February 25, 2017

You've driven past it and thought, ‘Oh, what a stunning hill! And look at all all those paraglider thingies. Beautiful!’ But have you been up there? Well I’d say it’s worth it. We took our two-year-old and three-month-old up on a gorgeous January Sunday afternoon and were rewarded with a stunning views, a bracing breeze and a thermos of tea. 

Parking is pretty informal. There's a car park at Glynde train station which leaves you only a mile and a bit’s walk up to the village of Glynde and then left at the shop or on a bit and left opposite Gynde Place. But with our kids we just drove westwards along Ranscombe Lane underneath the mount until we came to Caburn cottages, parked the car (after checking with a chap washing his car) and walked straight up through the field (not actually a footp...

February 1, 2017

BY JUSTINE HOLMAN

The first thing we’re told as we enter the new installation at Sea Life Brighton is rather alarming. Crabs, the stars of the aquarium’s latest attraction, ’Claws‘, communicate by urinating on each other’s faces. To myself and my two young companions, this makes us look at these crustaceans in a new light.

There are plenty of other amazing facts and figures in this small but fascinating exhibition, which is situated close to the entrance of the world’s oldest operating aquarium. Dimly lit so you feel as if you are underwater, there is a wide array of shell-dwelling creatures on display.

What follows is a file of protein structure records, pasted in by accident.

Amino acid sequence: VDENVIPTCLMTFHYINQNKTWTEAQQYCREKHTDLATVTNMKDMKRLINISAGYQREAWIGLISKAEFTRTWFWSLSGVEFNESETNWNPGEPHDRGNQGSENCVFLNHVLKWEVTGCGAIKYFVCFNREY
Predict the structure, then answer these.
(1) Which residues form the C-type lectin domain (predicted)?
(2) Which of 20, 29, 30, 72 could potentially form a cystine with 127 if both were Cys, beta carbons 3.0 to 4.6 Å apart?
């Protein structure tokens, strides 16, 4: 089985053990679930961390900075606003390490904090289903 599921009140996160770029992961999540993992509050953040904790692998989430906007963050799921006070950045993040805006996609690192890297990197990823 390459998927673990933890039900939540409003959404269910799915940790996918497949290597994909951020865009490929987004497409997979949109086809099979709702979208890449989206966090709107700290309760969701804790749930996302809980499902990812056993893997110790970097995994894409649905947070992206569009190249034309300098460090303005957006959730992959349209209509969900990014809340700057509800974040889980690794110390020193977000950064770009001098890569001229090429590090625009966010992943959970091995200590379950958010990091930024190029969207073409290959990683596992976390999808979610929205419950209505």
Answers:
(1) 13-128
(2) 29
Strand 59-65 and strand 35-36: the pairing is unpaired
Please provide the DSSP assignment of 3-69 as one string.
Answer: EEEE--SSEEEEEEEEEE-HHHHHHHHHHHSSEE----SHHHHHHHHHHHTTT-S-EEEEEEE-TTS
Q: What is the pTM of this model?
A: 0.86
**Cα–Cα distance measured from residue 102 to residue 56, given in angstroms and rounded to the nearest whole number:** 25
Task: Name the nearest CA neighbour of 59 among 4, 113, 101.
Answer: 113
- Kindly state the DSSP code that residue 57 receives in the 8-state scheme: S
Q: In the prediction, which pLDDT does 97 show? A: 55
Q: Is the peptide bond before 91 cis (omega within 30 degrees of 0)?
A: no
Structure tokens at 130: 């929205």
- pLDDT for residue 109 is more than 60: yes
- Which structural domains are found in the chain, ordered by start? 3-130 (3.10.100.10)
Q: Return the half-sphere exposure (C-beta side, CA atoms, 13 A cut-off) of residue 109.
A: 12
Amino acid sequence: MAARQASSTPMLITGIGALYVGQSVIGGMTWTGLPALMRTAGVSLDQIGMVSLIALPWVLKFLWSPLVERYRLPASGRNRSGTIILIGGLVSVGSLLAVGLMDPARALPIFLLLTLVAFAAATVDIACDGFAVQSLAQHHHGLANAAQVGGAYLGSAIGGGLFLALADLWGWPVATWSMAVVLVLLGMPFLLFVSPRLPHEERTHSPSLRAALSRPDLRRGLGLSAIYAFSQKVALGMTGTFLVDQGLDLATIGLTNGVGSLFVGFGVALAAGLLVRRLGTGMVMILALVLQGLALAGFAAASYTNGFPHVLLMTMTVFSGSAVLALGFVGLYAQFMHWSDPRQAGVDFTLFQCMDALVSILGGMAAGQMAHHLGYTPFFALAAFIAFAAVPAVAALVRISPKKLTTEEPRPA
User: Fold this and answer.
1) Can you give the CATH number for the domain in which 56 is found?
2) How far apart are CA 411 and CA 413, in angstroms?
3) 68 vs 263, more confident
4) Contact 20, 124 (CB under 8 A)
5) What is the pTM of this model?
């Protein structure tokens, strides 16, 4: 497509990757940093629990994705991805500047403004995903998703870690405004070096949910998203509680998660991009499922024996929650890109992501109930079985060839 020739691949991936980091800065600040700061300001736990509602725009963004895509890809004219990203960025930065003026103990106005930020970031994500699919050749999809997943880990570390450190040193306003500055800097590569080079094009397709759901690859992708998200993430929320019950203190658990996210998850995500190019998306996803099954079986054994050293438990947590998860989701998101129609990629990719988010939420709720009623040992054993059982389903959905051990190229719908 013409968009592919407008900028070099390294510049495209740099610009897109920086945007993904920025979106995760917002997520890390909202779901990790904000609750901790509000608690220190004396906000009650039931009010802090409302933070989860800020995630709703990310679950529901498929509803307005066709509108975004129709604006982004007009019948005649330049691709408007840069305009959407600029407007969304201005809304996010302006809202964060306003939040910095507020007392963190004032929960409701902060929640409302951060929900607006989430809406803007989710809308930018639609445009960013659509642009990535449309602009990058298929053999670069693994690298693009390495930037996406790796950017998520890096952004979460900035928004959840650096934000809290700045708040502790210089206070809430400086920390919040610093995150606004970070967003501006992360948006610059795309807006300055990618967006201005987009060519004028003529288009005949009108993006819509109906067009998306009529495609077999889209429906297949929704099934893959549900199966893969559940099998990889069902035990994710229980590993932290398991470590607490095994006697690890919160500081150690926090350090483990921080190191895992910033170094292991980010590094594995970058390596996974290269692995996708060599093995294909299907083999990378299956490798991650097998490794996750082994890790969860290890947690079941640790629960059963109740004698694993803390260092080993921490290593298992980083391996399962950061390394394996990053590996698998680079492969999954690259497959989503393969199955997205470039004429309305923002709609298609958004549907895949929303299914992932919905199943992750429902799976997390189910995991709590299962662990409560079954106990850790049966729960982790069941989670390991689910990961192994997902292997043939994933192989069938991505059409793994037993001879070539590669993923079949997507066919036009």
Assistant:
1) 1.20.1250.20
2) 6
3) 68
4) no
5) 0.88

We’re immediately drawn to stars of the show, two Japanese Spider Crabs. They are huge. We’ve not seen anything like it before. And the circular nature of the tank o...

January 4, 2017

Brighton​​

(For six-week-olds to crawling)

Baby massage

Session included in membership, from £56 per month

It’s not easy being a parent. Male or female, the weight of the role and the many tasks that come with it often mean you forget to enjoy your baby. Baby massage can give you a calm, pleasant dedicated space to focus on nothing but your relationship and, particularly for bottle-feeding mums and full-time dads, a way to really strengthen that bond as part of your daily routine. In this class, parents learn the basic movements, concentrating on a specific area each week. There are a huge number of health benefits too: baby massage can improve circulation and alleviate colic, digestive problems, sleep problems, skin rashes, congestion in the chest, constipation and diarrhoea. Now who wouldn...

April 2, 2016

Yes, yes. The Natural History Museum is wonderful. But being squashed in a queue with other kids screaming every five seconds as the animated Tyrannosaurus Rex roars does lessen your moment, and then your kids just go quiet with fright, before getting weepy and asking to go home.

Now in Sussex you’ve got a beach where the dinosaurs lived and you can still find their footprints. Every low tide, when the water is pulled out to sea by the tug of the moon over the horizon, you can run your hands over the place where their webbed feet once sank into the mud. You don’t need David Attenborough’s voice to drop magic into your children’s – or indeed your own – imagination.

But before the dinosaurs, the first thing to greet you though once the tide’s gone out is a sunken for...